Paz Fábrega is an award-winning director who has studied at the University of Costa Rica, the Colegio Universitario de Alajuela and the London Film School. Her filmography includes the short “Temporal” and the features “Cold Water of the Sea” and “Cuilos.” (Press materials)
W&H: Please give us your description of the film playing.
PF: “Viaje” is about Pedro and Luciana, who meet one night at a party and decide to go on a trip together to a volcano. They get to know each other by being together and very far away from everything else.
W&H: What drew you to this story?
PF: I’d been in long-distance relationships for a while, and that made me start to wonder about why we get into relationships and what defines them. The film is about the opposite kind of thing — it’s all about undefined, spontaneous encounters. Both kinds of relationships are in the film, but I ended up finding the second kind more interesting, so I guess that was my answer to my own question!
W&H: What was the biggest challenge in making the film?
PF: Finishing it. After we shot it, it took me three years to finish it. I think I had a lot of growing up to do in between, and I think it was ultimately good for the film that it stayed with me this long before coming out.
W&H: What do you want people to think about when they are leaving the theater?
PF: About simple, small things that make us feel alive. I think the film talks about an unattached, unassuming way of going through life, which, for me, at least, becomes more difficult to defend as you get older. I don’t think it has to do with age at all, but we are “allowed” to be this way when we’re young.
W&H: What advice do you have for other female directors?
PF: It’s hard! It took me a long time to believe how sexist the film industry is — it’s so outrageous that a lot of the time, you think it can’t possibly be happening. And that’s the most dangerous thing — because it can make you doubt yourself to a paralyzing degree or feel incredibly pressured to be better and do more than everyone else.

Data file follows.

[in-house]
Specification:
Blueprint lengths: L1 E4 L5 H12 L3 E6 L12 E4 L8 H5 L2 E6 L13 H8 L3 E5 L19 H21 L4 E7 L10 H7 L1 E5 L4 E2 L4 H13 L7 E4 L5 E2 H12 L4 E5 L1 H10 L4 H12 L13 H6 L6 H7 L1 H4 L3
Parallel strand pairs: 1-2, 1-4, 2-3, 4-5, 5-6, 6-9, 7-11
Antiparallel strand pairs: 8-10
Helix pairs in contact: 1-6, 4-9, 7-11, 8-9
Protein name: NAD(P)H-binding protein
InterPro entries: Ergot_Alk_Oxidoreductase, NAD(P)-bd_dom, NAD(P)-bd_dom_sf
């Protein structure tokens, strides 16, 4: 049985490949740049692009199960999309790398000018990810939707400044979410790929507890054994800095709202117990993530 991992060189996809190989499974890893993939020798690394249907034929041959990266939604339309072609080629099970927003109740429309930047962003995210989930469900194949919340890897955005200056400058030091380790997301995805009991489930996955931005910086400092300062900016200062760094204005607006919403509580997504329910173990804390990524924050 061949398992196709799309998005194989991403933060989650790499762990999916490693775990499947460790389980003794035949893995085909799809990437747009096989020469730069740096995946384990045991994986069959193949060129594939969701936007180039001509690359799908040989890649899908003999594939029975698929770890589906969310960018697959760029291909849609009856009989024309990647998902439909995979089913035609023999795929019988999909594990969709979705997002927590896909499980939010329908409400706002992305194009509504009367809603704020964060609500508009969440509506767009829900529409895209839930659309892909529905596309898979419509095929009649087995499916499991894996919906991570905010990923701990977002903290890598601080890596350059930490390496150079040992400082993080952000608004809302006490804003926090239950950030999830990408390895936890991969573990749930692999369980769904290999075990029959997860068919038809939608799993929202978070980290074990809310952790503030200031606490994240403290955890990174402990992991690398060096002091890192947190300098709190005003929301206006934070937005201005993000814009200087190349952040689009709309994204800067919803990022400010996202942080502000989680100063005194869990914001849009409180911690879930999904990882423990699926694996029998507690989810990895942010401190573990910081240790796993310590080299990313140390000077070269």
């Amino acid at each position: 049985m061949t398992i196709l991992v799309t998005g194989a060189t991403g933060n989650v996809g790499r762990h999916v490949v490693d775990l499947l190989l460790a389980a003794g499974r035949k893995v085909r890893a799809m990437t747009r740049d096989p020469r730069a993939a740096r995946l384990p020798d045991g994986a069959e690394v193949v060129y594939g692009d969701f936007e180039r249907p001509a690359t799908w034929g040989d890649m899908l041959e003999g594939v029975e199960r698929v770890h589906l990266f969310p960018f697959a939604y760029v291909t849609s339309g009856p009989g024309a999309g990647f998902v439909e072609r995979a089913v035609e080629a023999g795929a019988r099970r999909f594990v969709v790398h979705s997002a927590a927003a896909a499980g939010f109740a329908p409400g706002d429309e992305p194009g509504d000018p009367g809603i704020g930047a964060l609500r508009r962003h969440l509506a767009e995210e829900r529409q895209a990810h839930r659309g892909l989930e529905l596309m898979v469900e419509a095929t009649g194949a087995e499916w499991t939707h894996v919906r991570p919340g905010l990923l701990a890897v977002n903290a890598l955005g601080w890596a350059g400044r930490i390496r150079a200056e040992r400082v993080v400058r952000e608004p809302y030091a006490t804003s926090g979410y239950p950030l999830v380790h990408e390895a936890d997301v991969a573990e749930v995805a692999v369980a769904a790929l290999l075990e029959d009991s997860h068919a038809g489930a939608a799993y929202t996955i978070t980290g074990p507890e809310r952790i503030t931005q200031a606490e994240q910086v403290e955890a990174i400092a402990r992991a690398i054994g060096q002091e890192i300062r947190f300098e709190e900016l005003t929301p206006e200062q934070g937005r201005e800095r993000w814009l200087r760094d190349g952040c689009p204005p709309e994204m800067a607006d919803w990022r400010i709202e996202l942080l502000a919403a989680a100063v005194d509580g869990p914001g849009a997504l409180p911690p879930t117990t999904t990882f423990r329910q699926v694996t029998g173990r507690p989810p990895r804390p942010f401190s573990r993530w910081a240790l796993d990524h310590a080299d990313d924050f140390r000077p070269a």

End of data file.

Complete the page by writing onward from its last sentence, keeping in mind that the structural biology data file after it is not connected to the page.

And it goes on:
If you’re finding it difficult, it’s not you, you’re not making it up — we really are up against a lot. When something bothers you, say it, call it out. Maybe it’s happening to other people too.
Think of yourself, your life, beyond your career. It really is such a struggle you might end up sacrificing way too much and [get] exhausted. Work hard, but try to make it easier for yourself: Surround yourself with people that don’t make it extra difficult for you (which doesn’t necessarily just mean work with women, because some women are used to working only for men). And don’t forget to take breaks and do things you enjoy where you’re not having to fight so hard. Try to protect the sensitive, playful part of you through more personal film projects, other kinds of work or other parts of your life: It’s what makes things worth doing, and it can be very difficult to keep it alive when everything pushes you to be harder.
W&H: How did you get your film funded? Share some insights into how you got the film made.
PF: With my first film, I won the Rotterdam Film Festival, and I used the award money to buy a camera, lights, a sound recorder and a microphone. I found a few people who really wanted to make the film and could take a couple of weeks off work to shoot and saved some money for food and gas. Then, once I had a cut, I sent it to the work-in-progress competition of the Costa Rica Film Festival and had some help from my sales agent, Figa Films, to do the post.
W&H: Name your favorite woman-directed film and why.
PF: “Ratcatcher” by Lynne Ramsay. It’s beautiful and sad, and I always want to watch it again.